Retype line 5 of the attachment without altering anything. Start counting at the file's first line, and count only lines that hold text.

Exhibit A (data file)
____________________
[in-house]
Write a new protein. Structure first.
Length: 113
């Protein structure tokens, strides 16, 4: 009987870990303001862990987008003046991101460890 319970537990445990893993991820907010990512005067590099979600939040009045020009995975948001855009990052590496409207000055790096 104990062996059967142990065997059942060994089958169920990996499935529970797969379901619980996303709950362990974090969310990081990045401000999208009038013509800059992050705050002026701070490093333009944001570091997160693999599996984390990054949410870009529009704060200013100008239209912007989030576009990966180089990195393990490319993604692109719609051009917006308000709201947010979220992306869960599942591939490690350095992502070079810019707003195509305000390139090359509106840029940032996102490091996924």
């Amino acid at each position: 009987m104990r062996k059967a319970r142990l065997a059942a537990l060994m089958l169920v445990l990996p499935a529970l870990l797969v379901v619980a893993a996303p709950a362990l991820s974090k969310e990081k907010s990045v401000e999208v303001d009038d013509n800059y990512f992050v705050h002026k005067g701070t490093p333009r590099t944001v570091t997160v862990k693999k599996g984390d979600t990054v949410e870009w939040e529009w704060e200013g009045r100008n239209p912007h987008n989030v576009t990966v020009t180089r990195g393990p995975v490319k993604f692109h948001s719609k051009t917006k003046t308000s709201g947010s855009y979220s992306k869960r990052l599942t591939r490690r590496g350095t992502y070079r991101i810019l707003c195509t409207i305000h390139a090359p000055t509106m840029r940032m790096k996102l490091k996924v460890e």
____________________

């Amino acid at each position: 009987m104990r062996k059967a319970r142990l065997a059942a537990l060994m089958l169920v445990l990996p499935a529970l870990l797969v379901v619980a893993a996303p709950a362990l991820s974090k969310e990081k907010s990045v401000e999208v303001d009038d013509n800059y990512f992050v705050h002026k005067g701070t490093p333009r590099t944001v570091t997160v862990k693999k599996g984390d979600t990054v949410e870009w939040e529009w704060e200013g009045r100008n239209p912007h987008n989030v576009t990966v020009t180089r990195g393990p995975v490319k993604f692109h948001s719609k051009t917006k003046t308000s709201g947010s855009y979220s992306k869960r990052l599942t591939r490690r590496g350095t992502y070079r991101i810019l707003c195509t409207i305000h390139a090359p000055t509106m840029r940032m790096k996102l490091k996924v460890e």